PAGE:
Wednesday, August 29, 2012
I’m not much of a gambler. I like taking risks, but don’t usually think about the odds. Gambling is all about the odds.
So is medical diagnosis.
1 in 100,000 people are diagnosed with an Acoustic Neuroma. One out of one hundred thousand. That’s not as rare as some things, but certainly not as likely as, say, sunburn...
So, of course, the question comes to mind: Why me? And in contemplating possible answers to this question, another emerges: Did I just save 99,999 people from being diagnosed with an Acoustic Neuroma? How generous of me!
1 in 1000 people who have ringing in their ears are diagnosed with an Acoustic Neuroma as the cause. The other 999 just have tinnitus. Again, go me!
But this “why me” thinking is really back to front. The more reasonable question is “why not me?” Let me explain.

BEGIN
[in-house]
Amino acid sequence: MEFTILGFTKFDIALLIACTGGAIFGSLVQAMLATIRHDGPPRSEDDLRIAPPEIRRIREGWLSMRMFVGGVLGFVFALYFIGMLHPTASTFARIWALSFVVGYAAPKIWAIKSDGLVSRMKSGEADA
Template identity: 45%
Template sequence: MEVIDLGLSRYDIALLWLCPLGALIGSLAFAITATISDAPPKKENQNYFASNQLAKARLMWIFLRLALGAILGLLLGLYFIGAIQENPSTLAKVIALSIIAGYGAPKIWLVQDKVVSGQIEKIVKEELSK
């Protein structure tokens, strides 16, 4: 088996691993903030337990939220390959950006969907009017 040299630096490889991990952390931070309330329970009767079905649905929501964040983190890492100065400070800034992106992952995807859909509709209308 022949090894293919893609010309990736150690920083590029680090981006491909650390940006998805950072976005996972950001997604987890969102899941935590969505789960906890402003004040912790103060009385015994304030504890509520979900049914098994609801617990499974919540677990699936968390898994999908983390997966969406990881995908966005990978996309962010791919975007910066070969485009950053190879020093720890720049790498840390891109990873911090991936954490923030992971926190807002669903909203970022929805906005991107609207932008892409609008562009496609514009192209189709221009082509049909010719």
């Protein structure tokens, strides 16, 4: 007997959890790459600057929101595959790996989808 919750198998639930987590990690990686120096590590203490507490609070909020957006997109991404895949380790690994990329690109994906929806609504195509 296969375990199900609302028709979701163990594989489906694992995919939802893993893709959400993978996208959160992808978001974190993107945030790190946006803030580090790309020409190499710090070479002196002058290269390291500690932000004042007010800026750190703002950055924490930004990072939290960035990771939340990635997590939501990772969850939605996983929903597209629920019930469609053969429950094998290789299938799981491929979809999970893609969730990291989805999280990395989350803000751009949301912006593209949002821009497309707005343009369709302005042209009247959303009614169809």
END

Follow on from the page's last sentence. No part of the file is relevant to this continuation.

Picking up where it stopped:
At the moment I write this sentence there are 7,009,284,456 people on planet earth. There are more now. And now. Anyway, of that 7,009,284,456 there are 1 in every 100,000 that have a diagnosed Acoustic Neuroma. That means there are 70,093 people with an Acoustic Neuroma... right now. That’s a lot of people. Why not me? I’m in good company!
Life is all about perspective.
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